The Sheikh Lotfollah Mosque is truly a remarkable gem among Iran’s mosques. Its breathtaking decorations and outstanding architecture make it a sight to behold. You can find this mosque in Naqsh-e Jahan Square in Isfahan, and while you’re there, you can also explore other attractions like the Imam Mosque, Ali Qapu Palace, and Qeysarie Gate. The Sheikh Lotfollah Mosque, known for its lovely chickpea-colored dome, was skillfully constructed by Mohammad Reza Isfahani and stands as a rare masterpiece of tile work and architectural beauty.
The use of beautiful colors and natural light has made this mosque famous and popular among both domestic and foreign tourists; no matter how much we talk about the wonders of this mosque, until you see it up close, you will not understand its beauty. Before traveling to “Half of the World” and visiting Sheikh Lotfollah Mosque, you can gain more information about this eye-catching monument by reading this article.
The Sheikh Lotfollah Mosque in Isfahan
The Sheikh Lotfollah Mosque, a stunning example of Safavid-era art, is situated in Naqsh-e Jahan Square, Isfahan, and was declared a national monument of Iran on December 6, 1931. Renowned for its impressive architecture, intricate tile work, and exquisite decorations, the mosque is a key attraction in Isfahan, facing the Ali Qapu Palace.
Designed by Master Mohammad Reza Isfahani, a notable Safavid architect, this mosque is celebrated for its unique Isfahani architectural style. It’s even recognized as one of the world’s seven unknown wonders, according to Sputnik news agency.
Unlike typical Iranian mosques, the Sheikh Lotfollah Mosque stands out because it doesn’t have a minaret or a four-iwan courtyard, highlighting its distinctiveness. The mosque’s design is skillfully executed with perfect proportions, showing no flaws.
A remarkable feature of this mosque, common in many Isfahan mosques, is the seven-time echo of sound, which adds to its allure. The artistic calligraphy inside, crafted by Ali Reza Abbasi and Baqer Bana from the Shah Abbas era, enhances its beauty.
Interestingly, the design of Tehran’s Azadi Square’s gardens and flower arrangements draws inspiration from the Sheikh Lotfollah Mosque. However, architect Hossein Amanat modified the design, using an oval shape for Azadi Square instead of the mosque’s circular dome.
Where is Sheikh Lotfollah Mosque?
Sheikh Lotfollah Mosque is located in the city of Isfahan and the famous Naqsh-e Jahan Square (Imam Square) and is so famous that you can easily find it.
Visiting hours of Sheikh Lotfollah Mosque
Daily except during noon prayers, in the first half of the year from 9 AM to 12:30 PM and 2 PM to 5 PM, and in the second half of the year from 9 AM to 11:30 AM and 1 PM to 4:30 PM.
History of Sheikh Lotfollah Mosque
Isfahan was the capital of the Safavids in 982 AH and was at the peak of construction developments such as Chaharbagh Street, Naqsh-e Jahan Square, Imam Mosque, and so on. It was during this period that Shah Abbas ordered the construction of the Sheikh Lotfollah Mosque, thus laying the foundation of a new mosque on the ruins of an old mosque that was in this place. Mohammad Reza Isfahani took responsibility for building this mosque, managing to construct an astonishing building in 18 years. Sheikh Lotfollah Mosque was exclusively for Shah Abbas and the royal family, and ordinary people were not allowed to enter. It seems that Shah Abbas worshiped in this mosque every day from its inauguration in 998 AH until the end of his life.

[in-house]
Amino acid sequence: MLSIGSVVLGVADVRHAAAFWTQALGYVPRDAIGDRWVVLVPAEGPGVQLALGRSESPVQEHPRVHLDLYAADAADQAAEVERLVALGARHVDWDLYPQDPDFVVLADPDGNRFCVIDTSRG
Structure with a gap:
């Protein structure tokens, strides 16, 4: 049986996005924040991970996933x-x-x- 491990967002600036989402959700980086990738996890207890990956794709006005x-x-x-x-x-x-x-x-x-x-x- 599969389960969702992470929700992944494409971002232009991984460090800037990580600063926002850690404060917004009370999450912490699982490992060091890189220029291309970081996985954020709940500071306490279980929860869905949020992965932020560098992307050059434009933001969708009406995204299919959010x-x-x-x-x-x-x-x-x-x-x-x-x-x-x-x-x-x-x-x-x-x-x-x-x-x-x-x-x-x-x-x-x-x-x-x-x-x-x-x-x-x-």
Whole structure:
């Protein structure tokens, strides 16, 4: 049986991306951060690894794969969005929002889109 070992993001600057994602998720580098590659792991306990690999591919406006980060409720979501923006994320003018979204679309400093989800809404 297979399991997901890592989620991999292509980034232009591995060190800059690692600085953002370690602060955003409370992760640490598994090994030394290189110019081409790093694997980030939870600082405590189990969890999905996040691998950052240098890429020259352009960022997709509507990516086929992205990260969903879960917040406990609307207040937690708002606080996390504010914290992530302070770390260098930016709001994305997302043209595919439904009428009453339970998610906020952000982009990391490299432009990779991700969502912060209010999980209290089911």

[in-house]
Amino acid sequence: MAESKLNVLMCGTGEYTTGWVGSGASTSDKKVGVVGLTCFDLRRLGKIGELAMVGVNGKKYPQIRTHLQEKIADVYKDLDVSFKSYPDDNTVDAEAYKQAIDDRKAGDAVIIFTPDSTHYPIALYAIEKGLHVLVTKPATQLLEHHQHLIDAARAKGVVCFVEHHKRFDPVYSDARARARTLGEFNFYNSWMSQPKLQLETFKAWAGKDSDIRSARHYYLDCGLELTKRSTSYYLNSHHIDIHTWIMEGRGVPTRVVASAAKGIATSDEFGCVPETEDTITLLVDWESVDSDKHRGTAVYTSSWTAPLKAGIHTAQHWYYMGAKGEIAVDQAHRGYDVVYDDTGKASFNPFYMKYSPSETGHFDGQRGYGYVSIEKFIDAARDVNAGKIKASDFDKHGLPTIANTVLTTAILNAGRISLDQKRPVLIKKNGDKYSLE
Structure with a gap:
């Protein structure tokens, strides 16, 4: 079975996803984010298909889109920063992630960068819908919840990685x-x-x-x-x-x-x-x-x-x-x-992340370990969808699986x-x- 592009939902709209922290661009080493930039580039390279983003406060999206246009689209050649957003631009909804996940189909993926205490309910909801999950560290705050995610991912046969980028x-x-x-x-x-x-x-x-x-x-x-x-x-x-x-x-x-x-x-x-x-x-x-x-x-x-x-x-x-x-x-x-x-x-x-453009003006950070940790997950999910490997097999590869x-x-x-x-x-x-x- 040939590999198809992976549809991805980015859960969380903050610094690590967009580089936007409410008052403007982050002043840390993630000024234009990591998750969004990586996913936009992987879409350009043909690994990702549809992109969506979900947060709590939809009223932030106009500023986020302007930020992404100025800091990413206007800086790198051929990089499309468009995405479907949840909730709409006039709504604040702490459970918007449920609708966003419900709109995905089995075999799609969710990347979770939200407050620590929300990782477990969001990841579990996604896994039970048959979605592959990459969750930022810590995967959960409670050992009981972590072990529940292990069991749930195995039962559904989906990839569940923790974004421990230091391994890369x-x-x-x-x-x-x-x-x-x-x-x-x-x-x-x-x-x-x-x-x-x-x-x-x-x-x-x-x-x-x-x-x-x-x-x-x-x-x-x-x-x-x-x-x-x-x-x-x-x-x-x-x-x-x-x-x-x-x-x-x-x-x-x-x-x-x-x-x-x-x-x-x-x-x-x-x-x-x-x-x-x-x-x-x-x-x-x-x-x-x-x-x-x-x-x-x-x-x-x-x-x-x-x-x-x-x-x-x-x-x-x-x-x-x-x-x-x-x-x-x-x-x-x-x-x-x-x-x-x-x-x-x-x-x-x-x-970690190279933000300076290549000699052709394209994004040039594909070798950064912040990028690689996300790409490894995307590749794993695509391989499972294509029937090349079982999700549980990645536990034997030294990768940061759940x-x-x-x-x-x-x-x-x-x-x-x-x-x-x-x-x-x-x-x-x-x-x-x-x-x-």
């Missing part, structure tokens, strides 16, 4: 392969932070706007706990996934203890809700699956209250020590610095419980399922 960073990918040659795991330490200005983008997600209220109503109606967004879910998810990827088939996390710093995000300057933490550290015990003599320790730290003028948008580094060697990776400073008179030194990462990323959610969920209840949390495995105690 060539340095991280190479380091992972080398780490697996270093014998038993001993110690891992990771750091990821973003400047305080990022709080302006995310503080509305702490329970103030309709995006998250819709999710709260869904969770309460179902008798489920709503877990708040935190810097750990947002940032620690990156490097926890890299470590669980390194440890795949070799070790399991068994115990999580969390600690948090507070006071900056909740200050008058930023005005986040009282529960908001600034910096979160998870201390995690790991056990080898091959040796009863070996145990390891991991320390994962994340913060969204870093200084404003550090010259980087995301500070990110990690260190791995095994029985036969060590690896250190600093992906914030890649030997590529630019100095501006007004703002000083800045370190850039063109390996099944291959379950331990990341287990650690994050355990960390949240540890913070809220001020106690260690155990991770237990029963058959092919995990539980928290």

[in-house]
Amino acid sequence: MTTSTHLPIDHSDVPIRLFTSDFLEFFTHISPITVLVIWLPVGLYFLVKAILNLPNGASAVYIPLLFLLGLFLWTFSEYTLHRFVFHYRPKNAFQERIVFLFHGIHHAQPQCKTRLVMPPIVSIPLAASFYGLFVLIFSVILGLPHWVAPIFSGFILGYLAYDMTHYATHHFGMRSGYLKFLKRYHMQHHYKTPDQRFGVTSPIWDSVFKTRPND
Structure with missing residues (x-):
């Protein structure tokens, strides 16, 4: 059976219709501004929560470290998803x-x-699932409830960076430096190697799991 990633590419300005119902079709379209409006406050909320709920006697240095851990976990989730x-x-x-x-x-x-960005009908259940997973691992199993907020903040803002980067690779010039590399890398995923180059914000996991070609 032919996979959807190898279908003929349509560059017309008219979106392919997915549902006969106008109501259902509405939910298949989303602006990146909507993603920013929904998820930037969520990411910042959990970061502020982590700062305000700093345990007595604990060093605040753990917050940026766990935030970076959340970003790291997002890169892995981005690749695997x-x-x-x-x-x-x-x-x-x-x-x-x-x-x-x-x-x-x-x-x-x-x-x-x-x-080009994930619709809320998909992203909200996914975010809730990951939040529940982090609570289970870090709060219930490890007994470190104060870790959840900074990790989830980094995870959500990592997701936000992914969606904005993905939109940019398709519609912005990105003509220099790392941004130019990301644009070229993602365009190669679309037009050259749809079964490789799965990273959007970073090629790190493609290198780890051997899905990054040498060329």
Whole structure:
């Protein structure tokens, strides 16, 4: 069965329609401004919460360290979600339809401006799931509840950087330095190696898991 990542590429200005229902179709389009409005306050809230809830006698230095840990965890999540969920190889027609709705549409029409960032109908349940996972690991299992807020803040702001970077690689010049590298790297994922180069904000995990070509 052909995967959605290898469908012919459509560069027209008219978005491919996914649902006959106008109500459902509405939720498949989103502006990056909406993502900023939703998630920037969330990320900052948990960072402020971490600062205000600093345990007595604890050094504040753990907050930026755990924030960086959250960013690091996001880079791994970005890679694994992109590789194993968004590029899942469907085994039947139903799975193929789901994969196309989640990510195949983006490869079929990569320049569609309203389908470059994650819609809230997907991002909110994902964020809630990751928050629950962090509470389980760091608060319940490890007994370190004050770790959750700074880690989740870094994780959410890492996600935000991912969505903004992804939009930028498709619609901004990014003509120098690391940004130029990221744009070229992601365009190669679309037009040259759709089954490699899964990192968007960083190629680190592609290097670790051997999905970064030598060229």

There is no precise information about the fate of Sheikh Lotfollah Mosque over time; however, according to historical sources, this mosque found other names such as Molla Fathollah and Sadr during the Safavid era, which was later called Sheikh Lotfollah.
Who was Sheikh Lotfollah?
Sheikh Lotfollah was one of the greatest Shiite scholars who lived in the Jabal Amel region in present-day Lebanon. He came to Iran with some Shiite dignitaries at the invitation of Shah Abbas I.
Sheikh Lotfollah initially went to Mashhad and studied under scholars such as Molla Abdollah Shushtari and eventually was selected to serve at the Holy Shrine of Imam Reza. He later went to Qazvin to teach. Shah Abbas, due to his devotion to him, ordered the construction of the mentioned mosque to honor him, to be a place for teaching, instructing, and holding prayers. Sheikh Lotfollah was in charge of holding Friday prayers in Sheikh Lotfollah Mosque until he fell ill in 1035 AH and passed away in Isfahan.
Architecture of Sheikh Lotfollah Mosque
The architecture of Sheikh Lotfollah Mosque, which is in the Isfahani style, displays a corner of the genius of Isfahani architects; especially its dome, which is one of the most beautiful domes in the world.
An interesting point about the mosque is the lack of an entrance shabestan; in fact, in all mosques, you have to go through a series of stairs and then enter an entrance courtyard that takes you to the dome space; what has happened in Sheikh Lotfollah Mosque is the absence of this courtyard or entrance shabestan, which was done with the aim of maintaining the principle of symmetry in Naqsh-e Jahan Square. Since this mosque faces Ali Qapu, it was not possible to place courtyard facing Qibla for it.